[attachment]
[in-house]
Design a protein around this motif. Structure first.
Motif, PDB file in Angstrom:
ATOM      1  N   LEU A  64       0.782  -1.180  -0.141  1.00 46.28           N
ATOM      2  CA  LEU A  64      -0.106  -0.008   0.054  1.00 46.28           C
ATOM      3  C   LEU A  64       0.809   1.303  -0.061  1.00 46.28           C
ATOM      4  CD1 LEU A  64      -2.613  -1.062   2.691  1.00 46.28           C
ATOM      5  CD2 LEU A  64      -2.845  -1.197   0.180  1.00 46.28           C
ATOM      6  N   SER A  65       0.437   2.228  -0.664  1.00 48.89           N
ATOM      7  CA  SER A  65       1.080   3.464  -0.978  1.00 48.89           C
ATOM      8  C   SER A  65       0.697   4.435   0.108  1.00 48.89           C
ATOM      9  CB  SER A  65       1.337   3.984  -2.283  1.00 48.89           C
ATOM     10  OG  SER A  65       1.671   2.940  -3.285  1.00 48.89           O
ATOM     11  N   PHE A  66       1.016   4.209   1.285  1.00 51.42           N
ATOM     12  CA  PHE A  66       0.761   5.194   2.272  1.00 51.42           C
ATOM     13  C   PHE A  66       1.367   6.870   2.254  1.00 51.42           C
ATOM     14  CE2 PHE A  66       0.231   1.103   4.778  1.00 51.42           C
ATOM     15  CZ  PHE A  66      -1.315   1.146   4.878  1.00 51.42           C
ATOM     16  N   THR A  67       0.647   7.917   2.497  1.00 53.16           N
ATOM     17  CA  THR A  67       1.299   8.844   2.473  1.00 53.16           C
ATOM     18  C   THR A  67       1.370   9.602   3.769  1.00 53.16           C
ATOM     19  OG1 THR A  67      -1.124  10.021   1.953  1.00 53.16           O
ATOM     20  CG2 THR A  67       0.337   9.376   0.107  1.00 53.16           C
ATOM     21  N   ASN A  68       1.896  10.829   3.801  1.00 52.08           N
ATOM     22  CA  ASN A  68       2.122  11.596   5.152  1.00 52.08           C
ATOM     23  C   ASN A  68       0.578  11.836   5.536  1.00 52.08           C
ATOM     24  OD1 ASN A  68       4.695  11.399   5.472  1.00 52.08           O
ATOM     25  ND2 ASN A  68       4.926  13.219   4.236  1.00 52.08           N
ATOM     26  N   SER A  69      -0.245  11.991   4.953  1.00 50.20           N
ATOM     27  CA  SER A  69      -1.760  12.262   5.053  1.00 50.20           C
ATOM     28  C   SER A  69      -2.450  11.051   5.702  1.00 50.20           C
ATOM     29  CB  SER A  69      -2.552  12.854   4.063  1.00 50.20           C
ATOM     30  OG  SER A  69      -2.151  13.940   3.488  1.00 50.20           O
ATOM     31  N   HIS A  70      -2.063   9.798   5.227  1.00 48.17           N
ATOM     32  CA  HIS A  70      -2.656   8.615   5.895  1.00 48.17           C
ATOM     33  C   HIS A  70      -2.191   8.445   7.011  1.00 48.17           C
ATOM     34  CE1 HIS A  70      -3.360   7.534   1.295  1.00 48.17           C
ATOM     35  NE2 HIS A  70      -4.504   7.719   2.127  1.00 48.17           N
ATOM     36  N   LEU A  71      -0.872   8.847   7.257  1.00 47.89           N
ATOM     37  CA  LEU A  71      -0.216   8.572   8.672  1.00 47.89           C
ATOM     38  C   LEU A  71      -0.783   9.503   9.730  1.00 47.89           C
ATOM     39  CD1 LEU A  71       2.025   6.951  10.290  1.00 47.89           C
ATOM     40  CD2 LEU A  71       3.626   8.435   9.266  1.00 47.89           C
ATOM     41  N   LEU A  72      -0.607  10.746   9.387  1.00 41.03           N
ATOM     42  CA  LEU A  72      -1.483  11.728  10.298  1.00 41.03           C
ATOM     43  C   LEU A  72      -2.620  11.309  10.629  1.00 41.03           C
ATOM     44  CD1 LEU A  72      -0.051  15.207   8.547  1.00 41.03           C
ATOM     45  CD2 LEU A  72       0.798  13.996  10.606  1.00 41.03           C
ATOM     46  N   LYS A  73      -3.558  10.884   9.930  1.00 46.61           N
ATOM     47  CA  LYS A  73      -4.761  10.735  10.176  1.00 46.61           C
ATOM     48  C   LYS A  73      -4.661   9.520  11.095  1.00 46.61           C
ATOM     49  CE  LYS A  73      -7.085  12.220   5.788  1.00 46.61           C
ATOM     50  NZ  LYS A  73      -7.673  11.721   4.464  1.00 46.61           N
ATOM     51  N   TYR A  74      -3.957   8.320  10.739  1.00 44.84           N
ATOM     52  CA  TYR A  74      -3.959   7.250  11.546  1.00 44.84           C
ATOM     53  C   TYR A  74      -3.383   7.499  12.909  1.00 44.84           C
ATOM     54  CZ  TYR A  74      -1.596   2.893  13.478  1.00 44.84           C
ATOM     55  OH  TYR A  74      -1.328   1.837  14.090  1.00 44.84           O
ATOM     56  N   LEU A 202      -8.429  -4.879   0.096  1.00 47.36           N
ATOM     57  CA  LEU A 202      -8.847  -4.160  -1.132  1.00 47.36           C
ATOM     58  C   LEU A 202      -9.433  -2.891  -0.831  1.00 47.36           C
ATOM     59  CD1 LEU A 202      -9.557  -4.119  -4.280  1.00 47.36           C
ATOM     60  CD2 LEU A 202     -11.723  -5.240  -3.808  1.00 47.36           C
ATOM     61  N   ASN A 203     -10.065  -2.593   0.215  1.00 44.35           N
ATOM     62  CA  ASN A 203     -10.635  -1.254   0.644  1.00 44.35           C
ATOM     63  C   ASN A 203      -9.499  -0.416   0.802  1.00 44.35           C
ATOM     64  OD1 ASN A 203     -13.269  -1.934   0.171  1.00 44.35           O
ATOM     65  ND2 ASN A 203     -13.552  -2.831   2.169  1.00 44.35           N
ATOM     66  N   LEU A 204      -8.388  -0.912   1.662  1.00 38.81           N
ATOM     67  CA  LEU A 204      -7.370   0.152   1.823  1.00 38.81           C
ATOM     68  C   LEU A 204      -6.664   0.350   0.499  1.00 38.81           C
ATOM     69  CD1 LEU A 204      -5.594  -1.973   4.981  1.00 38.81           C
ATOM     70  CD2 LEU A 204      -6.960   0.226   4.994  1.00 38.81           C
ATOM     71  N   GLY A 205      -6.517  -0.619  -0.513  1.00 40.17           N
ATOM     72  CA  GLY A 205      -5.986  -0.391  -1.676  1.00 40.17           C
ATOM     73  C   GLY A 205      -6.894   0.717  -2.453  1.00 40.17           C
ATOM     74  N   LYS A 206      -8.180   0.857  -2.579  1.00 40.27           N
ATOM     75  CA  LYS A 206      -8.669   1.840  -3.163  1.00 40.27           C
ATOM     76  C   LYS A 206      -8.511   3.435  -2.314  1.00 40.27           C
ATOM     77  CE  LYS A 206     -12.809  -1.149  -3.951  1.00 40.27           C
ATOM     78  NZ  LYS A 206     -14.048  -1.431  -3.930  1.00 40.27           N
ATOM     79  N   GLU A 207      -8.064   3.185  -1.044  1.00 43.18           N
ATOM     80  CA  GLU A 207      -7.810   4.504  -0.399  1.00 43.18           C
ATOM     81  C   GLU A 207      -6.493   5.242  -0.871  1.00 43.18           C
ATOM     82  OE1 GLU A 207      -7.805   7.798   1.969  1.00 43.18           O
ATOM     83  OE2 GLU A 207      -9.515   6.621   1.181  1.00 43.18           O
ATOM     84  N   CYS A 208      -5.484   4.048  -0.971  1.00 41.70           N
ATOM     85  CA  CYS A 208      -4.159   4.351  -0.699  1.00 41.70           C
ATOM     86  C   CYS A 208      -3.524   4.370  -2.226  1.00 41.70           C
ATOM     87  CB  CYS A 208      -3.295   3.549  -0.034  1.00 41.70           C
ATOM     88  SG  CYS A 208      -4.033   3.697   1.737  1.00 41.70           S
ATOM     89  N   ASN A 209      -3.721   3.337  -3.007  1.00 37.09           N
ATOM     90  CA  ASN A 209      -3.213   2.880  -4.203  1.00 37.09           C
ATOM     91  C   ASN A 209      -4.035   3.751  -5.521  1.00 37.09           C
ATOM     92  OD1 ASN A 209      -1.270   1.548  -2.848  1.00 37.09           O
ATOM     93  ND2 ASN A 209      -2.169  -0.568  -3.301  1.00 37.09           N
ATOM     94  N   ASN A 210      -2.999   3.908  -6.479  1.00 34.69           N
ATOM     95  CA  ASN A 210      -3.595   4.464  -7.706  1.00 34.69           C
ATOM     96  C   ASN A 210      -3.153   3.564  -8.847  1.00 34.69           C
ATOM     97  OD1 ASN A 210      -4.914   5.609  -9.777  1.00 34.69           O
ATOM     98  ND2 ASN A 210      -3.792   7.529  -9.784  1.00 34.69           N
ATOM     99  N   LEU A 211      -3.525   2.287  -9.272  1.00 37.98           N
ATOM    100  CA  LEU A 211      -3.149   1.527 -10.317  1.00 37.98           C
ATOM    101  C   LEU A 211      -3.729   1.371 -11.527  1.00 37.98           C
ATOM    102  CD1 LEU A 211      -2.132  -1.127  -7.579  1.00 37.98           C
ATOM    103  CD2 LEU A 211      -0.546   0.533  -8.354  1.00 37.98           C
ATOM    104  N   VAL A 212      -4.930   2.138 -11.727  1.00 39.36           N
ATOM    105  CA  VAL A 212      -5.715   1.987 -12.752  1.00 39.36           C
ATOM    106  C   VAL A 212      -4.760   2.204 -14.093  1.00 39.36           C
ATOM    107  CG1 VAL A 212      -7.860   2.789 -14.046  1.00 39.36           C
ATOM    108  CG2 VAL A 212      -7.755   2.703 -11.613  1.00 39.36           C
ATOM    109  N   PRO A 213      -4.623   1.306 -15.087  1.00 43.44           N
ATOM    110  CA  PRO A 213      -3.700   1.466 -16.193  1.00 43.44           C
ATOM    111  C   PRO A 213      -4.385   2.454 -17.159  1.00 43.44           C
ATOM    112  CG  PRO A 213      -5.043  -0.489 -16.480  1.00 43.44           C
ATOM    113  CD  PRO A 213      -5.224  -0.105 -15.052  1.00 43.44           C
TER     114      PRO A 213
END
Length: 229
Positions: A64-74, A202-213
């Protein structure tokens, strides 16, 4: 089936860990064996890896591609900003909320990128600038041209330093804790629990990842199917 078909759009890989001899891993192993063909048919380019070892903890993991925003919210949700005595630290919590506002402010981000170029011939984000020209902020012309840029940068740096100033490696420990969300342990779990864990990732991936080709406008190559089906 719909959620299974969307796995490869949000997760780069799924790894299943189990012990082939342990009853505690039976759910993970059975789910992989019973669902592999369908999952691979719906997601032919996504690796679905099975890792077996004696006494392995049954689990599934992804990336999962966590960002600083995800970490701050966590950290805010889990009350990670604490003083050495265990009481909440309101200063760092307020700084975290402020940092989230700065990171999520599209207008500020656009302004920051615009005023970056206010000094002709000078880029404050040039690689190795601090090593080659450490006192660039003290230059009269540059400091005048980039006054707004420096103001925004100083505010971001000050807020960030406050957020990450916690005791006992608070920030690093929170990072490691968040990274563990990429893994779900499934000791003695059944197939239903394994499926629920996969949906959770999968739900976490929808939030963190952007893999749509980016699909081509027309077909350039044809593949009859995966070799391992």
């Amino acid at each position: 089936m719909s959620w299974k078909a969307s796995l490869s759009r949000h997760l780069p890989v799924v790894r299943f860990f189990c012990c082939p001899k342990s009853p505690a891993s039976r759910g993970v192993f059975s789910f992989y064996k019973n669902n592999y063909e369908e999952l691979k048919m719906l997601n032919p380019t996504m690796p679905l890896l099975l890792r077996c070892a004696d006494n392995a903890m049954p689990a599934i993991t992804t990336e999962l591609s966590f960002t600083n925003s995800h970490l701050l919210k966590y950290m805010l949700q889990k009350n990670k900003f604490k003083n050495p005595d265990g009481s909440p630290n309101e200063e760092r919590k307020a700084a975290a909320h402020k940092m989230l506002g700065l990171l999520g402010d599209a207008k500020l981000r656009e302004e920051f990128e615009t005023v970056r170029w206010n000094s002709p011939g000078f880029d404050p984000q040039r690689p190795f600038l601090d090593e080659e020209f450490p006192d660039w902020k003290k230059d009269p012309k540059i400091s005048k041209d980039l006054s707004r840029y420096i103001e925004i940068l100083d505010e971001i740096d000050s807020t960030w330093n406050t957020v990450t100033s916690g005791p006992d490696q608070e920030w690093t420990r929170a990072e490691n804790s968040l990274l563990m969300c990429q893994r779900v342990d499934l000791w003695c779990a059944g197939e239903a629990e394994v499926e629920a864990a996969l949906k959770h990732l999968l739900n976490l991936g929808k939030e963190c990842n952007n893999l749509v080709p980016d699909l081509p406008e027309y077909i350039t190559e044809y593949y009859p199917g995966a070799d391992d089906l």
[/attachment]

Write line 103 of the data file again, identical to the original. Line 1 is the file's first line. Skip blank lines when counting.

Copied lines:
ATOM    100  CA  LEU A 211      -3.149   1.527 -10.317  1.00 37.98           C